throughout the entire game, with only a few boss battles
pushing the limits of difficulty one way or the other.
On a final
note, there is a multiplayer portion to this game.
Essentially, it's one on one golem battles. I have not
played this part of EA, but from the sounds of it, it comes
down to the same basics of Pokemon duels...you get the most
powerful golem, overly level it, and try to pwn everyone.
Nothing complex or exciting...but a good diversion for those
who love to min-max.
people will say that the visuals look sub par for a 360
game. Those people are full of shit. To start things out,
the locational foreground and background visuals are amazing
to behold. The visual style can go from Phantasy Star Online
style cyber-tech locations to rustic Japanese villages, down
to dirty and decaying caves and dungeons. The visuals always
match the location you are meant to be in.
Additionally, the characters are all uniquely designed to
look appropriate to their purpose. The golems can range from
bizarre (like the pizza serving golems who have heads made
of giant pizza looking circles or the cute maids and nurses
that serve to heal and assist) to brutal and grizzly (like
the mutated dog, Cerberus, and the battle mechs designed for
military patrols). Each golem has a background story for
it's purpose, and the visuals will never disappoint these
backgrounds. This also applies to the humans as well. The
elder of an ancient Japanese village will look like he fits
in there, while the denizens of the enlightened Yokohama
will all carry a more studious and futuristic look.
character is designed with great detail and massive polygon
counts. There is some blandness to the visuals, in the lack
of some texture, but this is not a problem in the game. The
slightly "smoothed" out textures will serve to remind the
player that the game is fantasy, and not reality. Why should
fantasy look 100% realistic, after all?
round things out with some really nice particle effects from
smoke and snow, the visuals form a very amazing final
picture. Played on a good quality HDTV, this game should
take a few awe-filled glances from all but the most jaded of
mixed bag on this side of the game. The audio effects, to
start things off, are wonderful. Things will sound
realistic, despite the visuals trying to keep things more
fantasy based. This is great, since it will keep enough of a
fantasy balance to keep things interesting, but enough
realism to let one know, from a simple hearing, that fire is
fire, wind is wind, and explosions are from shit blowing up.
the background music will leave you with nothing to take
away from the game. It's not that the music is bad...but
rather that it is non-descript. You will not once walk away
from EA with a song stuck in your head that was attributed
to this game. The music will never even come close to being
bad...but it just never comes close to greatness either.
As for the
final part of the modern trifecta of audio, the voice work
is a toss up. The Japanese voice cast is definitely better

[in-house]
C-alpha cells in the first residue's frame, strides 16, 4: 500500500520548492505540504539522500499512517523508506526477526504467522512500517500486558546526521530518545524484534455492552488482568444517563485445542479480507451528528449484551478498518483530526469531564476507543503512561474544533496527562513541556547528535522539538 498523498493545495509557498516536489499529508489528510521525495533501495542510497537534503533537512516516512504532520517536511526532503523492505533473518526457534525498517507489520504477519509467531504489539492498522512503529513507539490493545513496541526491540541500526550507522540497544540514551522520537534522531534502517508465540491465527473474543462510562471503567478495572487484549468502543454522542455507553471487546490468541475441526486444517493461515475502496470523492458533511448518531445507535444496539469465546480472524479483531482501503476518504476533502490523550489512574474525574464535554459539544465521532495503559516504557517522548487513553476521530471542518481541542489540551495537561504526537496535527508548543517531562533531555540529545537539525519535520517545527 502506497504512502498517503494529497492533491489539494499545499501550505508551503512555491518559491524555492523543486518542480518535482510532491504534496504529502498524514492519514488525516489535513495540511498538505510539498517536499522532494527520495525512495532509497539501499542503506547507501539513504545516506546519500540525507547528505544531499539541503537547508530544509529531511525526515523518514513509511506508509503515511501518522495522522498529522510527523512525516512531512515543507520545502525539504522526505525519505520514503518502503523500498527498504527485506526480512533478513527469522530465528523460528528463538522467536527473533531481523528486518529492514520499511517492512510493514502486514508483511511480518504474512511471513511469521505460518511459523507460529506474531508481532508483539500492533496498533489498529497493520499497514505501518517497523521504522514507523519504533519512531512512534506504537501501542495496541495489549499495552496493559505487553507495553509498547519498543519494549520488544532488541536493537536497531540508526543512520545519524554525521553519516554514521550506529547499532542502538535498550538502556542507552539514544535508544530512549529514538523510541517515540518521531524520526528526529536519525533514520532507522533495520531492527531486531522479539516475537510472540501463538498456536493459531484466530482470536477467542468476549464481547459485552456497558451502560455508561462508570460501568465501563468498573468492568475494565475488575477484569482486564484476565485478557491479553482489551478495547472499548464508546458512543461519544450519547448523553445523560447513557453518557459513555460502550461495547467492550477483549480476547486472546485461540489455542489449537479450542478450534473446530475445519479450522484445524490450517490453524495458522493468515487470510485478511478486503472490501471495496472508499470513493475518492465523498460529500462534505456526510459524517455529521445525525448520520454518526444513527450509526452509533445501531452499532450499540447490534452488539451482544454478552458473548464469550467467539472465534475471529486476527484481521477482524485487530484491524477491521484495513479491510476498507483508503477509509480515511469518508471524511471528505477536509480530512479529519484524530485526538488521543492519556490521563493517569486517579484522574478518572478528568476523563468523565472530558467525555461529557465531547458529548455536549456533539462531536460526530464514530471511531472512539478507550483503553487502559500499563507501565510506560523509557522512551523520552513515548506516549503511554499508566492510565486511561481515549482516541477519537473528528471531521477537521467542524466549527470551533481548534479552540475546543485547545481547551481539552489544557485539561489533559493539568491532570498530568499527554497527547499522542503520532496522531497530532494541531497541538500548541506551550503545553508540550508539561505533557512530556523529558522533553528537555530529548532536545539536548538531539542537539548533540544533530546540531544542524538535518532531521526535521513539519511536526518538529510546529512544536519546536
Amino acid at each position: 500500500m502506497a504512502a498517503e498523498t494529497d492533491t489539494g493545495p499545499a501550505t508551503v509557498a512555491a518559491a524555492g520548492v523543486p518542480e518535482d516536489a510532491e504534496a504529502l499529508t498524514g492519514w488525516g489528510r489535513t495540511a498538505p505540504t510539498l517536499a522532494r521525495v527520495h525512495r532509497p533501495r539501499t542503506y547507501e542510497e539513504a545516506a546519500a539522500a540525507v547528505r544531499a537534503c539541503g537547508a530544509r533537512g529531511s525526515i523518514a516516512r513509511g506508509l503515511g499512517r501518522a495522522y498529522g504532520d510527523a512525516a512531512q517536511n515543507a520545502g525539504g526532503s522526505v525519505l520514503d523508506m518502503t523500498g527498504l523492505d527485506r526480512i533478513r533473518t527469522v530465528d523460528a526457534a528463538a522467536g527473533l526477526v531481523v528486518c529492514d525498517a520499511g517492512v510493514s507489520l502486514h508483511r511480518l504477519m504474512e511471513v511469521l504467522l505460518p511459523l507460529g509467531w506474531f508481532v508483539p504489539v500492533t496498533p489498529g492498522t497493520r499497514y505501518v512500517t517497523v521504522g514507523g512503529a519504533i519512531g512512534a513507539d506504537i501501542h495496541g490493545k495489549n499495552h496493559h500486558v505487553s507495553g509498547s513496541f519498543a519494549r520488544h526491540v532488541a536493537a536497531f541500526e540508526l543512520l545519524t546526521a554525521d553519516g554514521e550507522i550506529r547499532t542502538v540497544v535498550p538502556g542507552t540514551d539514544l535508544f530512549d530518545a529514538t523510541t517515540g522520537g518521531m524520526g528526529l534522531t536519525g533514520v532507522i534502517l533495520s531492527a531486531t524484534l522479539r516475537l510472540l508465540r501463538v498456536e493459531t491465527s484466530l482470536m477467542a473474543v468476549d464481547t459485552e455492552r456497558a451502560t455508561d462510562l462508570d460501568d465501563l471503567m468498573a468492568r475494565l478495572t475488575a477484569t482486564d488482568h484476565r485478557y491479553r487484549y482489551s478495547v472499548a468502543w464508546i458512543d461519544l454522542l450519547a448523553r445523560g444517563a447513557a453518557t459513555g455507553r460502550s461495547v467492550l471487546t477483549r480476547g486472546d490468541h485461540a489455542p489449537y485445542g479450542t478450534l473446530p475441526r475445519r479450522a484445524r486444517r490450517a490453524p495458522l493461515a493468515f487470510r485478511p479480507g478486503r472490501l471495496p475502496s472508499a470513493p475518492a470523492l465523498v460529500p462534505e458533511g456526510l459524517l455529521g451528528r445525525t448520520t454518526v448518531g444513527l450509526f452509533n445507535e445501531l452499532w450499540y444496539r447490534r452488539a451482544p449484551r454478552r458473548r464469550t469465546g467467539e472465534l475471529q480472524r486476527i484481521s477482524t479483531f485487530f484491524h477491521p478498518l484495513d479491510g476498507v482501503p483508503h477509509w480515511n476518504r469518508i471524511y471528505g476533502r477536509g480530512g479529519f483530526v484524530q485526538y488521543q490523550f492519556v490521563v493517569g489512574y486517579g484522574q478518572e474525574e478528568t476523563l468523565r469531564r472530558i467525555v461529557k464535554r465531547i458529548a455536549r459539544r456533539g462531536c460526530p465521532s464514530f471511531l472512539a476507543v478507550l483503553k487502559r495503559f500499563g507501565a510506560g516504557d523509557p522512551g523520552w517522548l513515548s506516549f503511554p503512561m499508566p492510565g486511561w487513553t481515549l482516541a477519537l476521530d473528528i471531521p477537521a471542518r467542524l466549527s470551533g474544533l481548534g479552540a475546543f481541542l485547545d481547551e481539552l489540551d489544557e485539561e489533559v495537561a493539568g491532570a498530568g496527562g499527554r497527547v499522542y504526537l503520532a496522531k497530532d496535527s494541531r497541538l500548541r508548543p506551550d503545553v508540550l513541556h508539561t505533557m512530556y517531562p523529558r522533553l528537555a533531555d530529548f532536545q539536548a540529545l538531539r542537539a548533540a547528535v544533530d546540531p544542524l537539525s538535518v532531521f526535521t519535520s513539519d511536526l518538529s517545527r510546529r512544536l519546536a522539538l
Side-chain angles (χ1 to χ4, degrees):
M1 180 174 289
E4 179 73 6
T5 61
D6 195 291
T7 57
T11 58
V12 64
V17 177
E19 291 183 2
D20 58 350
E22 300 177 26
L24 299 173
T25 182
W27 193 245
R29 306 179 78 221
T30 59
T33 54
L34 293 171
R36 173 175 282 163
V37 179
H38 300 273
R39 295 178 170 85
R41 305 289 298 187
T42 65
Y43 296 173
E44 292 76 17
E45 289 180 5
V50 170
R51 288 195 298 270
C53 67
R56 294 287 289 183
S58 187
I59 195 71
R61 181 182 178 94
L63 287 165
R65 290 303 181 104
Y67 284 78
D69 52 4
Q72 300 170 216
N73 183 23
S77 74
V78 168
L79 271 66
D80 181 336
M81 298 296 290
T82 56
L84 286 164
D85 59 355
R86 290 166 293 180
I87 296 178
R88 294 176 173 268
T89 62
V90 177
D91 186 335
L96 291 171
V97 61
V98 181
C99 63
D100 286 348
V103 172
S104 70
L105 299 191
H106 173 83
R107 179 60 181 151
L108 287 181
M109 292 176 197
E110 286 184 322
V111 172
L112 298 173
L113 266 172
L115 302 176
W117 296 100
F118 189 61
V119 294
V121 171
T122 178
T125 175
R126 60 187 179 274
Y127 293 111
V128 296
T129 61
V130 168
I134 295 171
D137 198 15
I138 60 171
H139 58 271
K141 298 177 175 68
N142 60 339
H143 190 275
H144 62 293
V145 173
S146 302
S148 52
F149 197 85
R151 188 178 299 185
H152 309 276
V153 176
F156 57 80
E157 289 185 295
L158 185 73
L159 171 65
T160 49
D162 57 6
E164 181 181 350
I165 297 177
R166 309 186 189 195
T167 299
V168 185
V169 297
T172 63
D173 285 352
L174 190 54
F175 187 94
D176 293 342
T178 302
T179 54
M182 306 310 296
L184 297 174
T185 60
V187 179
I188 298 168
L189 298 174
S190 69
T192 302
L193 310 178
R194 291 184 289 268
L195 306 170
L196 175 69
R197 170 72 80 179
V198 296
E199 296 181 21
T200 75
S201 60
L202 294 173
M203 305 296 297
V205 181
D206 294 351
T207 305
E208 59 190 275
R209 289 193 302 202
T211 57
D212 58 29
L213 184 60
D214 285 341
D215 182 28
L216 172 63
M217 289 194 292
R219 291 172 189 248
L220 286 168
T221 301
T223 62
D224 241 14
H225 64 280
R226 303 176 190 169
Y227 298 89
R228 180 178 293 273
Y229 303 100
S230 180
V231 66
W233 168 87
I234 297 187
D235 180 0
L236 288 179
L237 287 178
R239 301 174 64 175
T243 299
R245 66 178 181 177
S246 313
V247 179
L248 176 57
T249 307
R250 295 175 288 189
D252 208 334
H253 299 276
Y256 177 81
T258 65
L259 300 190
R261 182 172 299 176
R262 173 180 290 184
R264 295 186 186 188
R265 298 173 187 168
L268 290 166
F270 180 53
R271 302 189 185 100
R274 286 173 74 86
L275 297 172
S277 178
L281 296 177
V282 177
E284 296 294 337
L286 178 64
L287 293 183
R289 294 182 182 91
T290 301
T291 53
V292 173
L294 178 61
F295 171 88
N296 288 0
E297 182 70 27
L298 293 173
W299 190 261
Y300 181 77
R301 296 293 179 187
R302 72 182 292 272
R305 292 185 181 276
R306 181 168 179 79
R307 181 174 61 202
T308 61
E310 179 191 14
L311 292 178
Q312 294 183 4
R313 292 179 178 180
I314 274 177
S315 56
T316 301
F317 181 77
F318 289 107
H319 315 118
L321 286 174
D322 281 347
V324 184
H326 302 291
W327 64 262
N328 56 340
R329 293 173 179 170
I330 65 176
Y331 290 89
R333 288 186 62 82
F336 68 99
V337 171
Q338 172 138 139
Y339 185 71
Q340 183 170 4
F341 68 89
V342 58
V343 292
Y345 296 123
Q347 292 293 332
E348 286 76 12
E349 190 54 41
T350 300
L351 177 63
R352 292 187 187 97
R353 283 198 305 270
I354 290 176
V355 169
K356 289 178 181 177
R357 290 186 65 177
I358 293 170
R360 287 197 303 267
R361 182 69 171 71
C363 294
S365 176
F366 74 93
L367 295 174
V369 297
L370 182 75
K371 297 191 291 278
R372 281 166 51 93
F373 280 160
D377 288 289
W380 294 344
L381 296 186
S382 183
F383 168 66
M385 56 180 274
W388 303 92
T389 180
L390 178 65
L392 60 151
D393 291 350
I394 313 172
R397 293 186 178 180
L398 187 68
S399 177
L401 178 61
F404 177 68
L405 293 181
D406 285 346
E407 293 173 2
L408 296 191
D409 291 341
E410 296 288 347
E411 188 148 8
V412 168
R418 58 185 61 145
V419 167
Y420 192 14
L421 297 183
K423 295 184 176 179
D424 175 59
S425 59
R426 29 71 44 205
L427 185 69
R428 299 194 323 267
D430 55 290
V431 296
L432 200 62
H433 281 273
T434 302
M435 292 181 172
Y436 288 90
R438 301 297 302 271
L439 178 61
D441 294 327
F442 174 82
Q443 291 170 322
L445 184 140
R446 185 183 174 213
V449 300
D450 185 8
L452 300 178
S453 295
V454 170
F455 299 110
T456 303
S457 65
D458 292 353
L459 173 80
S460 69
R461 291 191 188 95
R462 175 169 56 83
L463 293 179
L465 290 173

than the English cast. Best of all, you can select at any
point to change the voices. However, both have good and bad
actors. In particular, the American voice of Raigar (your
tank of a fighter who was once a knight captain) is greatly
voiced with a strict and serious undertone. Also, the
Handsome Man (all you know him by for 90% of the game) is
wonderfully voiced...despite an interesting fact that
keeping this review spoiler-free will not let me say. On the
other hand, Atsuma and Makoto both are voiced by some of the
worst you could imagine. In particular, Makoto is played to
the full gay stereotype...I won't say much more, but you've
been warned. The same warning applies to many of the golem
voices. Not to mention that some are just confusing (why
does Executor keep shouting "Richard!"?).
end, the audio does it's job, but it doesn't do anything
you'd hope from the first Japanese RPG of the new
generation. No amazing epic musical scores, there's no solid
voice cast on either the Japanese or English audio, but at
least the effects are nice.
conclusion, there are some flaws in this game that don't fit
into any real area of this review. For one thing, some of
the written dialogue has not been translated...at all. There
are a few times when Japanese character will fill the bottom
of the screen. On top of that, some things received multiple
translations (Marlin Glave, Merlin Grave, Malin Gave? Which
is it?), and some of the text is not properly formatted to
fit the text boxes (words run off the screen at times). This
will not effect any plot-related text, but it will amuse or
annoy the more thorough of players.
same note, voice actors for the American version seem torn
on pronunciations. Maybe if they didn't know each other, it
would be so bad when Toya and Atsuma both keep changing how
to pronounce Makoto (or Makato, as they sometimes call him).
Also, no one is sure of Karin's name in actual pronunciation
(not even Karin, herself).
push these minor flaws aside, you are left with a very solid
experience. The game could be longer, but it might then have
overstayed it's welcome. In reality, this game balances
length, challenge, innovation, nostalgia, visuals, and
auditory quality with a true sense of skill. While some of
the plot could have delved a little deeper, the plot is
still confluent and logical, with enough plot twists to keep
one interested. So, despite what many reviews would have one
to believe, this non-Final Fantasy is actually a very
rounded and entertaining RPG. So,
I happily give Enchanted
Arms a 8.75/10
(it would go a little higher if the plot went just a little
deeper and if the challenge didn't suffer the occasional
skew to easy or hard).